On Paper Cuts, The New York Times‘ book blog, Barry Gewen writes about Mark Bowden’s recent Atlantic article about Rupert Murdoch’s acquisition of The Wall Street Journal and his desire to kneecap the paper of record.
Mr. Gewen, you may recall, revealed the inner-workings of The Times Book Review at Harvard last year. Among his revelations: the names and roles of several NYTBR editors, how they choose what books to review, and some intramural gripes like "the magazine pays the salaries of all the rest of us. It makes money hand over fist. And you can see it in the physical plan. We are down the corridor, we don’t have windows, I haven’t seen the sun in 18 years."
Anyway, on Paper Cuts, Mr. Gewen poo-poos any risk posed to his paper by Mr. Murdoch’s Journal, comparing it to the threat posed against Pepsi by New Coke:
Mr. Gewen notes "pessimist" colleagues (who?) worry that Mr. Murdoch will "try to win the competition by turning it into a race to the bottom—attempting to attract readers by lowering The Journal‘s standards to those of a mass-market tabloid, and forcing The Times to go the same way," but rejects this out of hand, calling such a ploy, "journalistic suicide." Writes Mr. Gewen, "Murdoch’s instinctive populism won’t help him win readers either of The Times or The Journal. Indeed, it works against him."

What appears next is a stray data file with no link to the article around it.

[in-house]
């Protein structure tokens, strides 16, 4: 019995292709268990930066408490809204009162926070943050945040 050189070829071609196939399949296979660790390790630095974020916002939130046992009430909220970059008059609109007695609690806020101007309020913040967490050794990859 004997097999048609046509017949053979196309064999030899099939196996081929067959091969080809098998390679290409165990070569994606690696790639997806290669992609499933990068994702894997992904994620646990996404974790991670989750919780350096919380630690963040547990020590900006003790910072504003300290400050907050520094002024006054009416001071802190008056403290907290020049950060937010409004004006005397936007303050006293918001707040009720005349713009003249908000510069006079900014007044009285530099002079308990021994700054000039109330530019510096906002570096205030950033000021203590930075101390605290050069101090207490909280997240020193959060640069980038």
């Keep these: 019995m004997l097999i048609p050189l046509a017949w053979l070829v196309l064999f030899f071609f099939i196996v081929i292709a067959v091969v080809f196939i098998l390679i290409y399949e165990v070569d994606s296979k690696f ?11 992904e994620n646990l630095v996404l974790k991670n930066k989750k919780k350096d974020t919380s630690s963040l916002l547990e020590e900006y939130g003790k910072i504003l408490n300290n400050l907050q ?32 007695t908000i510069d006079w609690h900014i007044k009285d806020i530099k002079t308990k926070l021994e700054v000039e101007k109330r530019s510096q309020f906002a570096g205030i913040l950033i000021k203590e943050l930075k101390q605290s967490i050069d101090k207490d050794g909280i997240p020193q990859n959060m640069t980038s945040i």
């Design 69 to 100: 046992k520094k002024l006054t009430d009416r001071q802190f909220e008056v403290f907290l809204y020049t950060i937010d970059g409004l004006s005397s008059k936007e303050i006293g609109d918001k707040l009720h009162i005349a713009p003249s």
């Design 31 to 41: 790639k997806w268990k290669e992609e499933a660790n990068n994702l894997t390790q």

So, Journal readers won’t swill the New Coke. Then again, neither will The Times‘, since, according to Mr. Gewen’s 2007 Harvard speech (here summarized by Gawker), when he imagines the paper’s audience, he see "’a dentist from Scarsdale’ who has two primary concerns: ‘her family and teeth.’"